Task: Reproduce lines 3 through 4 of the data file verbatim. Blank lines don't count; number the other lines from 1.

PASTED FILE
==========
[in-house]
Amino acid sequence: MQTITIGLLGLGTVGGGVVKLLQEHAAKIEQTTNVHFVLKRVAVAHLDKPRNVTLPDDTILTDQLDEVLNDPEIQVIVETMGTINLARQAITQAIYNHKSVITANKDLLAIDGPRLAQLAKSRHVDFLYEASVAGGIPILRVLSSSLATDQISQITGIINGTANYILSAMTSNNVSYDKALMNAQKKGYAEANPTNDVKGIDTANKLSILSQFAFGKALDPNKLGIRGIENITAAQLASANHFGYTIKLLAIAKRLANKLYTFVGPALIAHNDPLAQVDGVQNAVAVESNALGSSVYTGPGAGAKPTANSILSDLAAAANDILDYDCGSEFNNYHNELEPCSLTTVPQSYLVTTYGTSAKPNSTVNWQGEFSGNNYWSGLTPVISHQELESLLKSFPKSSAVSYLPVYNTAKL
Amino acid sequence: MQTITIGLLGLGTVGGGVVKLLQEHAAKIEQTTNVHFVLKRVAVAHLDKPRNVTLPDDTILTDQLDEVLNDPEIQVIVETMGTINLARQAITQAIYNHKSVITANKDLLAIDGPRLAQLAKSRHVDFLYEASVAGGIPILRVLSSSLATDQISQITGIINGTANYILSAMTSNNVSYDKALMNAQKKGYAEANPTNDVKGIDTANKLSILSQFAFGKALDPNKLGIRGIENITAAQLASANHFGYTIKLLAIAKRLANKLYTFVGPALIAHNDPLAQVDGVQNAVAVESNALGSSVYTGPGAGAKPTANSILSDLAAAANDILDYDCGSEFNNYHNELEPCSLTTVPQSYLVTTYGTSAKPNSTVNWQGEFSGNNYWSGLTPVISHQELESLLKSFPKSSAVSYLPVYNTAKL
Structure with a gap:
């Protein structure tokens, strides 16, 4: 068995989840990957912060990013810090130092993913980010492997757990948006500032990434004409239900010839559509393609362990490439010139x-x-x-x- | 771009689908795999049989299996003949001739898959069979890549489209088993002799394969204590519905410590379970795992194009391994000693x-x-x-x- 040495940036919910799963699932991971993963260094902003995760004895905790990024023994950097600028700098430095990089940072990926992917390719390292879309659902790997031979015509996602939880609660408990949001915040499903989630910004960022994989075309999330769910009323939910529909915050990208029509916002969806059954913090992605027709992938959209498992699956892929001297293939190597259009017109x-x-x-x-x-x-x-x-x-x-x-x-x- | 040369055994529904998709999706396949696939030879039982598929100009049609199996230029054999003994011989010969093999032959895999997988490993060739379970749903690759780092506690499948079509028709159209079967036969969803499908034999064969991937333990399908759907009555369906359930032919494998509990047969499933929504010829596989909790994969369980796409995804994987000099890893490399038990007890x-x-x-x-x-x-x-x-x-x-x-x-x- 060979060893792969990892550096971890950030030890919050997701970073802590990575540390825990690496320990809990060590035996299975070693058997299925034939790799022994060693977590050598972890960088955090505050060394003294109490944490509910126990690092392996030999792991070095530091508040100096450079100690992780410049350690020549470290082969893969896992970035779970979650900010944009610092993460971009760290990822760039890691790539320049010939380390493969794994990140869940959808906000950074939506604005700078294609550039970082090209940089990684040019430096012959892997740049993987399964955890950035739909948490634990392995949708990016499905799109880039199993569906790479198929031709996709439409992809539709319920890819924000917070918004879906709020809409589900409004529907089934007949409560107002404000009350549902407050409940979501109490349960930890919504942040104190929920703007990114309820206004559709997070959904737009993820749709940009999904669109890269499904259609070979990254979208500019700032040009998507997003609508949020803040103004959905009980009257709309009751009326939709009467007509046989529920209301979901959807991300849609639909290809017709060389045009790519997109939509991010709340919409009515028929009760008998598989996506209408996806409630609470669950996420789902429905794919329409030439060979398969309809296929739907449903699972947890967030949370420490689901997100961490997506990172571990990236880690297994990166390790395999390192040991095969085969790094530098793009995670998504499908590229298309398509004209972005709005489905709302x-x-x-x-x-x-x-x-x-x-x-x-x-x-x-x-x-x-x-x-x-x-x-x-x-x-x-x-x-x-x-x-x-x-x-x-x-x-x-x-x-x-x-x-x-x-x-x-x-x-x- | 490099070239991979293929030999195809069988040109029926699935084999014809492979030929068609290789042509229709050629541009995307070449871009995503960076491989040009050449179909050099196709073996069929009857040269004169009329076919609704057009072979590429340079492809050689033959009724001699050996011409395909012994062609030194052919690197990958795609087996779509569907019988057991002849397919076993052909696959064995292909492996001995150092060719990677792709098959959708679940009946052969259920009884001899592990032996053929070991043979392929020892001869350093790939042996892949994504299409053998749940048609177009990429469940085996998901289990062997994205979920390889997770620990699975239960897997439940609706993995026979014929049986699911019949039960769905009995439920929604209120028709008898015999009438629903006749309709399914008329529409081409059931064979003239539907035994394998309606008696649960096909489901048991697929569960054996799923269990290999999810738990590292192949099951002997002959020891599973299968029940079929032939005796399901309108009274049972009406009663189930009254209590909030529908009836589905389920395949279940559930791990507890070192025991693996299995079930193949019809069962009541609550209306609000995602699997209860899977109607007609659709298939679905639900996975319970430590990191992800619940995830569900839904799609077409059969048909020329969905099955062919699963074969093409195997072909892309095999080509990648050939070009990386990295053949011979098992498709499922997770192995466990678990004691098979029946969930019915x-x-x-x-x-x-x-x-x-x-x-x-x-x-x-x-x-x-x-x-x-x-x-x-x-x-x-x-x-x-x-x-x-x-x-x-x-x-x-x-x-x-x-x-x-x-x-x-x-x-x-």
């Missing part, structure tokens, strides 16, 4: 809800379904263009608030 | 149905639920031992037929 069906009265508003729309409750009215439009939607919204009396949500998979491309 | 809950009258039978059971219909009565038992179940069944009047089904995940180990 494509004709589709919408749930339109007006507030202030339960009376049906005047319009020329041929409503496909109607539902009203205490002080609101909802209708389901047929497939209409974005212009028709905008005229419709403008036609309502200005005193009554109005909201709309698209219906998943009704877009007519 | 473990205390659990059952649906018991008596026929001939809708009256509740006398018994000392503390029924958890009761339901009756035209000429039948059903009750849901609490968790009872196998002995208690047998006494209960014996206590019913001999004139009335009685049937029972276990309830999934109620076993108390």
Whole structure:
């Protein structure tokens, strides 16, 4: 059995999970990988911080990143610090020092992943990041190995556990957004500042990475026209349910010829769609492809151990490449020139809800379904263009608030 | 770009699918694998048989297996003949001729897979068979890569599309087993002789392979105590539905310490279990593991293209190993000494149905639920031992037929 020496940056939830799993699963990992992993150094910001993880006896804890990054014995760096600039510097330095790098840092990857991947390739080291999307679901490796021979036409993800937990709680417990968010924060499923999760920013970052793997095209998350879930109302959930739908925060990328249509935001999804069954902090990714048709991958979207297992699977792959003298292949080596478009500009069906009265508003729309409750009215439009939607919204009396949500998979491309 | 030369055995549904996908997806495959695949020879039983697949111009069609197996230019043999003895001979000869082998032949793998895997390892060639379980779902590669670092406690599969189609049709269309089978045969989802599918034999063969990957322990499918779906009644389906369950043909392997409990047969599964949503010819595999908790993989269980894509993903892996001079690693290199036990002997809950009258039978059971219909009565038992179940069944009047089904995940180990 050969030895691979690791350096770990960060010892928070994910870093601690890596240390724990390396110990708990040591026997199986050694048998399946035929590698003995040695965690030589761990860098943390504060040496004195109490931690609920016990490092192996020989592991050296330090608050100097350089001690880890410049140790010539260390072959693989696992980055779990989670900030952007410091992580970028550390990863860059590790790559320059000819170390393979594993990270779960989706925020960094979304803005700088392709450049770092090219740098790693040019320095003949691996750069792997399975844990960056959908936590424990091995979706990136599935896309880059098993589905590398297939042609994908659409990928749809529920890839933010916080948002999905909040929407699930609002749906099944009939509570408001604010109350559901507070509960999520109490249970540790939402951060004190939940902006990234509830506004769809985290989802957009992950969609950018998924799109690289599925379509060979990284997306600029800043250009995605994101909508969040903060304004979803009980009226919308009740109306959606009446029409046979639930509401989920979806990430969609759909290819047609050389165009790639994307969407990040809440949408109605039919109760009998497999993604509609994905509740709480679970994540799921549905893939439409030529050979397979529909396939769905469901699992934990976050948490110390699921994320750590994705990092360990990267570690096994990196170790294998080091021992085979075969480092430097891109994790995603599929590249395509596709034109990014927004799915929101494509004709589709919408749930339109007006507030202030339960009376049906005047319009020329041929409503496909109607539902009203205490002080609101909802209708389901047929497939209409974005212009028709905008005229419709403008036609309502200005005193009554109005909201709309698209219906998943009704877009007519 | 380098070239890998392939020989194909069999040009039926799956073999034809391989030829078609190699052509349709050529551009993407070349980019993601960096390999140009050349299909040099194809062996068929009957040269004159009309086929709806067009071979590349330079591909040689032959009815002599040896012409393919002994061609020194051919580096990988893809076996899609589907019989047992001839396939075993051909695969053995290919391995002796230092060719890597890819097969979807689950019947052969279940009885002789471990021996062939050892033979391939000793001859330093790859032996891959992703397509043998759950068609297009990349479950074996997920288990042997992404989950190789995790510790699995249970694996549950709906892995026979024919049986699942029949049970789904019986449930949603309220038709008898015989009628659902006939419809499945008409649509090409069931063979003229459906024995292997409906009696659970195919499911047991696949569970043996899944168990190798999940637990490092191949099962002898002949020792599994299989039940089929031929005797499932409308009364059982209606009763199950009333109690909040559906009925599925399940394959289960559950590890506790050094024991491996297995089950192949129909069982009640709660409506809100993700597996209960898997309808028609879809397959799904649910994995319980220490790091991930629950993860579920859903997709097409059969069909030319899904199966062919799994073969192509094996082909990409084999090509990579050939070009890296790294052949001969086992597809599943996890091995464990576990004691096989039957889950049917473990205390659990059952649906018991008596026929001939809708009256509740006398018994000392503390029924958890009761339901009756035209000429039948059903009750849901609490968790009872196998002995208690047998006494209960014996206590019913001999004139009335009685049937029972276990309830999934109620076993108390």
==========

Amino acid sequence: MQTITIGLLGLGTVGGGVVKLLQEHAAKIEQTTNVHFVLKRVAVAHLDKPRNVTLPDDTILTDQLDEVLNDPEIQVIVETMGTINLARQAITQAIYNHKSVITANKDLLAIDGPRLAQLAKSRHVDFLYEASVAGGIPILRVLSSSLATDQISQITGIINGTANYILSAMTSNNVSYDKALMNAQKKGYAEANPTNDVKGIDTANKLSILSQFAFGKALDPNKLGIRGIENITAAQLASANHFGYTIKLLAIAKRLANKLYTFVGPALIAHNDPLAQVDGVQNAVAVESNALGSSVYTGPGAGAKPTANSILSDLAAAANDILDYDCGSEFNNYHNELEPCSLTTVPQSYLVTTYGTSAKPNSTVNWQGEFSGNNYWSGLTPVISHQELESLLKSFPKSSAVSYLPVYNTAKL
Structure with a gap: